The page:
Soft skills training

- Francis J. Kong - The Philippine Star

Last year was a great year for me. God blessed me immensely by something that I did not expect nor imagine. I closed the year with 329 talks, seminars and trainings. Even if I took off early and went with my family for our yearly vacation, invitations kept coming for talks, rallies, conferences and trainings that would occupy a great chunk of this New Year’s early months.

I reviewed the past different engagements and most of the events dealt with leadership and performance excellence trainings that are values-based and behavioral in nature. In other words, most of the talks delivered were centered on soft-skills.

This is what I discovered.

Employers can instruct employees to do a routine or a job so they can update their skills. However, employers cannot motivate, teach or train their employees to have a set of values and attitude that would have POSITIVE IMPACT on their coworkers, customers and in the organization.

The employees would have to discover and self-actualize all these. The basis for this behavior should best be acquired through outside sources or what HR people would term as third party intervention. There is a reason why.

Many times, employers cannot be effective in this area because employees behave like children in our homes.

Children refuse to listen to their parents, but would listen to their teachers basically saying the same things. This is why parents become frustrated and they turn coaching into sermon and this would turn the kids off even more. In their frustration, they scream and shout. When a parent screams and shouts, the children only hear the voice and not the words.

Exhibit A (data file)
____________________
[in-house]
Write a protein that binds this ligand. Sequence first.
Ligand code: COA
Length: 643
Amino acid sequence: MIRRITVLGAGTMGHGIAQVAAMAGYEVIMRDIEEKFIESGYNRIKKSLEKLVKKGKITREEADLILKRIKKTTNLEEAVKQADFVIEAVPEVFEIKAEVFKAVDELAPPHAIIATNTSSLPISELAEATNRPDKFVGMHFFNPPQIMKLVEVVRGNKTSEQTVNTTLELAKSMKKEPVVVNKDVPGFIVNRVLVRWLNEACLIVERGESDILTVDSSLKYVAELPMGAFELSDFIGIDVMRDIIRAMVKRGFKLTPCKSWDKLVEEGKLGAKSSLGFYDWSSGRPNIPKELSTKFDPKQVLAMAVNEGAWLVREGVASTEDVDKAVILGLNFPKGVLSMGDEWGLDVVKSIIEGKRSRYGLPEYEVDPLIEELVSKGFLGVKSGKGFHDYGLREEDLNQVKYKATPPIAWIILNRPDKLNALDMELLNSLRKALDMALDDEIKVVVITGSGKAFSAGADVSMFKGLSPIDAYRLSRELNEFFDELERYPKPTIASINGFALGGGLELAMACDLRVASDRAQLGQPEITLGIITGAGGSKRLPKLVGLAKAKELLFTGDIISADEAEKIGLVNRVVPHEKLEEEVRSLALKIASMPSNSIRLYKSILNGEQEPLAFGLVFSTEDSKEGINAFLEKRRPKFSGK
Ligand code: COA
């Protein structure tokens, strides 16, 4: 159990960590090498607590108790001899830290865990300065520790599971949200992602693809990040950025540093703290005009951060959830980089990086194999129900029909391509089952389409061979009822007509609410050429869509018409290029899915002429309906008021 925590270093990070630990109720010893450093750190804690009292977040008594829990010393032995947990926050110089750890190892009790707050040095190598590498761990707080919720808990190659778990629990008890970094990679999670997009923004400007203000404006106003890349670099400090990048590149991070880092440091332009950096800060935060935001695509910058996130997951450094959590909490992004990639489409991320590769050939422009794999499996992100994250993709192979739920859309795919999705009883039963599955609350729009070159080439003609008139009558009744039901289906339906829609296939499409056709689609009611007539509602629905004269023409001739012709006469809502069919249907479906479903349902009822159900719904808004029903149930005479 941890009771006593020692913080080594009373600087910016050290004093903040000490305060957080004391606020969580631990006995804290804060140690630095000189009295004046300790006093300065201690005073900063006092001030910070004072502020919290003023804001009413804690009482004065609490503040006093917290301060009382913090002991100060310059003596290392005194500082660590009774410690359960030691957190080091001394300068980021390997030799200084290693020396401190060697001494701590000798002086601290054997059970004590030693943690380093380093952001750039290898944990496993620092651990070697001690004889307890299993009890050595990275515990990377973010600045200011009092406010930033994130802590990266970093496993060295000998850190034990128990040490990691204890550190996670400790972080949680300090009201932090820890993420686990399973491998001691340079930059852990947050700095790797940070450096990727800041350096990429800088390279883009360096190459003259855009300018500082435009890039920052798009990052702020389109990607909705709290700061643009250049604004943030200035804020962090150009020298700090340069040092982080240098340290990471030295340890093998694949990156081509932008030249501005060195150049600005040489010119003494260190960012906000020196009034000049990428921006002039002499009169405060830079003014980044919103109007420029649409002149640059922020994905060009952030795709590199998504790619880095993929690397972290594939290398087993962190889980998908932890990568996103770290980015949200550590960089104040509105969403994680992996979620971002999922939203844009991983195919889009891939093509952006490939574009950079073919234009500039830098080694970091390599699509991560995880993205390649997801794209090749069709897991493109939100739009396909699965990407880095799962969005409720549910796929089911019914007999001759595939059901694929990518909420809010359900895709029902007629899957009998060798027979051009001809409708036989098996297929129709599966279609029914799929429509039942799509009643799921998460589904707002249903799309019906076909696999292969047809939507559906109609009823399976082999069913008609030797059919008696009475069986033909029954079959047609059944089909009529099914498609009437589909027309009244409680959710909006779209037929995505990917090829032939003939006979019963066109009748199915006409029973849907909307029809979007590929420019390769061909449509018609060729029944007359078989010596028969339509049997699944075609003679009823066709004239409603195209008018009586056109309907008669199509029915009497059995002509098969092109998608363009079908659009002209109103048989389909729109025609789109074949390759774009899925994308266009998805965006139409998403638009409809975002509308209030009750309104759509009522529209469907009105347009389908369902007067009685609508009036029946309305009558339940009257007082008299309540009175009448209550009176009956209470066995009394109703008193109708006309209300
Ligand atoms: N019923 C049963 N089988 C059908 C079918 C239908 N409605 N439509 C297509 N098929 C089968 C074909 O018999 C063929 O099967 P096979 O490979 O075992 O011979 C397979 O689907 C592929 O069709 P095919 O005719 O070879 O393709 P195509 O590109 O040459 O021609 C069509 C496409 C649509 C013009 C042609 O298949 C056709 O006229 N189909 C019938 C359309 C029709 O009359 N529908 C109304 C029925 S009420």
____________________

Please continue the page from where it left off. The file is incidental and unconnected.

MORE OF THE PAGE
In the work place, a similar scenario takes place. Employers scream and shout through memos and restrictive office policies out of frustration. And when they do this, the employees comply because they are intimidated, but not because they are inspired.

An intimidated person would comply. Compliance simply means a child passing the test with a 75% grade. There is nothing significant, nothing noteworthy about it.

The job is done, but that’s all there is. An inspired employee is a creative person. And in an age of hyper-competition, we need to realize that sometimes all it takes is one idea, one suggestion, one creative moment from an inspired person that if applied and executed well, would save the business organization a lot in terms of expenses or even result to new businesses.

I smile every time high-positioned executives or employers would sit through my session and watch in amazement how I engage their people. And at the end of the session, my clients would say, “You know what Francis? What you said were exactly the same things we said and they refused to listen. But somehow, it’s different when you said it.”

I love my job! I am not alone in this. Even Jesus Christ Himself said, “Only a prophet is without honor in his hometown,” and guess what, Scriptures say, “and He was not able to perform many miracles there because of their unbelief.”

There is a need to train our people in the areas of leadership excellence, work values and skillful living. These are foundational compass points that would help direct our businesses and organizations in the direction of performing well in the uncertain and hyper-competitive world.

The younger generation is quickly populating our work establishments and seeks leaders who can inspire them to be better and be educated in the area of values living.

Give it to them. Change their lives and attitudes; this would also change your business.

(Start the New Year right with Francis Kong learning leadership and life skills as he present Level Up Leadership on Jan. 21-22 at EDSA Shangri-La Hotel. For further inquiries, contact Inspire at 09158055910 or call 632-6310912 for details.)











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